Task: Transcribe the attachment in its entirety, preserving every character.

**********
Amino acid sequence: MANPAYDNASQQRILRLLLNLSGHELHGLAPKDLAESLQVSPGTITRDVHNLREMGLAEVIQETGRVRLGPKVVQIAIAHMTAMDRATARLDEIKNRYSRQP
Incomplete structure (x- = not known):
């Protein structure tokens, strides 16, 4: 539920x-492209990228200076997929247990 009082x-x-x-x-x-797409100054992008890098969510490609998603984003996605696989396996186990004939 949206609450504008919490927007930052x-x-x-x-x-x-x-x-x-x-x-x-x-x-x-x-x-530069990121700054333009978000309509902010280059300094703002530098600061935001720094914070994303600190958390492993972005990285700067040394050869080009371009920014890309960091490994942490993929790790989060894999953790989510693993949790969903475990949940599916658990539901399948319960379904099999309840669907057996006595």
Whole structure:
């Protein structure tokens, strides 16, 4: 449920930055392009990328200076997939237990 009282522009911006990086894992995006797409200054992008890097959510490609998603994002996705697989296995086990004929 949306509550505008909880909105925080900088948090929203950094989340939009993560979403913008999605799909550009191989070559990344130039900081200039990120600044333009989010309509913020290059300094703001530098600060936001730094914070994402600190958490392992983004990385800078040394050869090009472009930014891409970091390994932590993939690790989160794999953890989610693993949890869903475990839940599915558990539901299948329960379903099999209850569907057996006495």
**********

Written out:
Amino acid sequence: MANPAYDNASQQRILRLLLNLSGHELHGLAPKDLAESLQVSPGTITRDVHNLREMGLAEVIQETGRVRLGPKVVQIAIAHMTAMDRATARLDEIKNRYSRQP
Incomplete structure (x- = not known):
């Protein structure tokens, strides 16, 4: 539920x-492209990228200076997929247990 009082x-x-x-x-x-797409100054992008890098969510490609998603984003996605696989396996186990004939 949206609450504008919490927007930052x-x-x-x-x-x-x-x-x-x-x-x-x-x-x-x-x-530069990121700054333009978000309509902010280059300094703002530098600061935001720094914070994303600190958390492993972005990285700067040394050869080009371009920014890309960091490994942490993929790790989060894999953790989510693993949790969903475990949940599916658990539901399948319960379904099999309840669907057996006595």
Whole structure:
């Protein structure tokens, strides 16, 4: 449920930055392009990328200076997939237990 009282522009911006990086894992995006797409200054992008890097959510490609998603994002996705697989296995086990004929 949306509550505008909880909105925080900088948090929203950094989340939009993560979403913008999605799909550009191989070559990344130039900081200039990120600044333009989010309509913020290059300094703001530098600060936001730094914070994402600190958490392992983004990385800078040394050869090009472009930014891409970091390994932590993939690790989160794999953890989610693993949890869903475990839940599915558990539901299948329960379903099999209850569907057996006495």